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Discussion Starter · #1 ·
<a href="http://cnn.netscape.cnn.com/ns/news/story.jsp?floc=FF-APO-1154&idq=/ff/story/0001%2F20040614%2F1155645898.htm&sc=1154&photoid=20040322NYET225" target="_blank">Supreme Court Preserves God in Pledge</a> by ruling that Newdow didn't have the authority to sue on behalf of his daughter.<br>
IMO, the 9th U.S. Circuit Court of Appeals had it right.<br><br><div style="margin:20px;margin-top:5px;">
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<table border="0" cellpadding="6" cellspacing="0" width="99%"><tr><td class="alt2" style="border:1px inset;">The First Amendment guarantees that government will not ``establish'' religion, wording that has come to mean a general ban on overt government sponsorship of religion in public schools and elsewhere.<br><br><br>
The Supreme Court has already said that schoolchildren cannot be required to recite the oath that begins, ``I pledge allegiance to the flag of the United States of America.''<br><br><br>
The court has also repeatedly barred school-sponsored prayer from classrooms, playing fields and school ceremonies.<br><br><br>
The 9th U.S. Circuit Court of Appeals said the language of the First Amendment and the Supreme Court's precedents make clear that tax-supported schools cannot lend their imprimatur to a declaration of fealty to ``one nation under God.''</td>
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Just want to add that I am very disappointed by this ducking of the issue, even if it's true (he can't sue on behalf of his daughter). I was so looking forward to a decision. Harumph!!! <img alt="" class="inlineimg" src="http://www.mothering.com/discussions/images/smilies/angry.gif" style="border:0px solid;" title="angry">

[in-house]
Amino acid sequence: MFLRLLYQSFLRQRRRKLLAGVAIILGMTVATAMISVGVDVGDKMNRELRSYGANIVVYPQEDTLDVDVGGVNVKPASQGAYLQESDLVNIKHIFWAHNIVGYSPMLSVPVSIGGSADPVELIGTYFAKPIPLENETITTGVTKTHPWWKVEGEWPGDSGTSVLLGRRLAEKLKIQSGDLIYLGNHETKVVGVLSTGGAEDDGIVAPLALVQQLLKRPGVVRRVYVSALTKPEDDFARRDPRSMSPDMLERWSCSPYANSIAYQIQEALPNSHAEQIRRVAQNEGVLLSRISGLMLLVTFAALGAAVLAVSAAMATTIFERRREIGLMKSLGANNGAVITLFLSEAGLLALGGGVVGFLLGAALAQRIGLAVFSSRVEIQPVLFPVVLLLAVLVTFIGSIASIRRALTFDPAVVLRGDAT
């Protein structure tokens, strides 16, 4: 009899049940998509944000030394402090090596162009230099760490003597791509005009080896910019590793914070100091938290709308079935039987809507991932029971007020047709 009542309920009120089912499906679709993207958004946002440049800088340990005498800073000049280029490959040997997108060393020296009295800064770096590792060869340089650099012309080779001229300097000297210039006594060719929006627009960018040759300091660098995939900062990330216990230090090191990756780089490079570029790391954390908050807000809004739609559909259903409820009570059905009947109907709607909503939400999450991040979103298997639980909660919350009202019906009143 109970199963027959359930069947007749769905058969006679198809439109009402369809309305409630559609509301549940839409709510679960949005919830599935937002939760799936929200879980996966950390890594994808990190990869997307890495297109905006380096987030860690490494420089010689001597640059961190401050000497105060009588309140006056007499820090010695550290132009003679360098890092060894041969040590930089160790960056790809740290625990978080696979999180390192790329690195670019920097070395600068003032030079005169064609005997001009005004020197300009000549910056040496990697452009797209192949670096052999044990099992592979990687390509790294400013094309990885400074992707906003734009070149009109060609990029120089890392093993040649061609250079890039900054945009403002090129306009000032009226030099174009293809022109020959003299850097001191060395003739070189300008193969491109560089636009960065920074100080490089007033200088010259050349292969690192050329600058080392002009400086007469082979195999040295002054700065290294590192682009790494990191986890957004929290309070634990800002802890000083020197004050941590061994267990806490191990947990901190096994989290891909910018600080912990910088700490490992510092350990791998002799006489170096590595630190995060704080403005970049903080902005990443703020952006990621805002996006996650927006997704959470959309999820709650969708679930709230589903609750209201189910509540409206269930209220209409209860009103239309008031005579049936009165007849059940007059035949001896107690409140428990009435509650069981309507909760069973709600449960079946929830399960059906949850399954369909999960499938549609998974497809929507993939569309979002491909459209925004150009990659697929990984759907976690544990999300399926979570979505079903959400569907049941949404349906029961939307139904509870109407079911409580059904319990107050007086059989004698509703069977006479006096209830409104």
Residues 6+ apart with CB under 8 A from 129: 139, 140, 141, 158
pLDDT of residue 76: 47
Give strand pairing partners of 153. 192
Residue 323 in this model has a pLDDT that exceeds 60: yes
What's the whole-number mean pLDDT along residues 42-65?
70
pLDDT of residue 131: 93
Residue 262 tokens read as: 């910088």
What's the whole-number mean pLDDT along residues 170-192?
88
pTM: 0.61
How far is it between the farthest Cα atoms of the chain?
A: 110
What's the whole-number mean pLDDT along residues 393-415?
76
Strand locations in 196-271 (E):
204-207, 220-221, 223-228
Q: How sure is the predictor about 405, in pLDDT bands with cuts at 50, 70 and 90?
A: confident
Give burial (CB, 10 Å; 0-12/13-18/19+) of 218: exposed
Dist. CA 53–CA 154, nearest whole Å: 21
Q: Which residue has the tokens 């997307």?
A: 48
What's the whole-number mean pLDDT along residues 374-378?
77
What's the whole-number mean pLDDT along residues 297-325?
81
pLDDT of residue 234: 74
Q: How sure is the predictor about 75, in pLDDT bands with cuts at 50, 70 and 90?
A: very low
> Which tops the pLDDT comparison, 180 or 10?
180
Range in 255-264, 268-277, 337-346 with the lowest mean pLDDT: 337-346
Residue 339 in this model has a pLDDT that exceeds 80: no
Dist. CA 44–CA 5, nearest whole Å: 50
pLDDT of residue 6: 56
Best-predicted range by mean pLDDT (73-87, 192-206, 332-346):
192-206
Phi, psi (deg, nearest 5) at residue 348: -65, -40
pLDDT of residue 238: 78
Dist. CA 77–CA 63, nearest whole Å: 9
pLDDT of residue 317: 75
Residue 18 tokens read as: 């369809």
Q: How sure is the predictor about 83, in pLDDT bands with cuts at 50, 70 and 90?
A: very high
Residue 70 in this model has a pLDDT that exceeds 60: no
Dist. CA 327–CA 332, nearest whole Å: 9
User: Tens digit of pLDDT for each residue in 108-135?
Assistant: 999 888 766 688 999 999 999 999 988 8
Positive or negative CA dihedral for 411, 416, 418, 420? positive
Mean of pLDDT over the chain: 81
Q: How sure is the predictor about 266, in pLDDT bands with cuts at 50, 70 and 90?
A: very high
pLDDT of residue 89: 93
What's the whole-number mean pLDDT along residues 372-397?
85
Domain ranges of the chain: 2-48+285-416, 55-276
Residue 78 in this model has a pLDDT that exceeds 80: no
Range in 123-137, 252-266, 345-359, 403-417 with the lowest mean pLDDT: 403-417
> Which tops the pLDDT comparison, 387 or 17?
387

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Discussion Starter · #3 ·
I agree. I really think they wimped out.<br><br>
Well, if my son ever has to go to public school, and the Pledge is still done, I'll sue about it.<br><br>
When I was in school, I refused to not only say the Pledge, but to stand for it as well. I considered it a free speech issue as well as a separation of church and state issue (not to mention brainwashing). From Elementary School on, I was picked on for this choice, as well as for being an atheist. In High School, I was threatened with suspension and expulsion if I didn't stand for the Pledge. My history teacher gave me permssion to come to class after the Pledge was done, so that I didn't get in trouble with the administration. I consider the Pledge to be a problem, and I will fight to have it changed, if not completely removed from public schools.
 

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That just pisses me off.<br><br>
If there is something *wrong* you should not have to have full custody of a child to help correct the situation. I mean, what if a local school was encouraging cults--- would only full custodial parents get a say?
 

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This was the last thing I was expecting to hear. I was expecting some sort of decision, not lolly gagging....<br><br><img alt="" class="inlineimg" src="/img/vbsmilies/smilies/eyesroll.gif" style="border:0px solid;" title="roll"><br><br>
I wonder how much this case just cost us...
 

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I'll be the lone voice of dissent here. :LOL<br><br>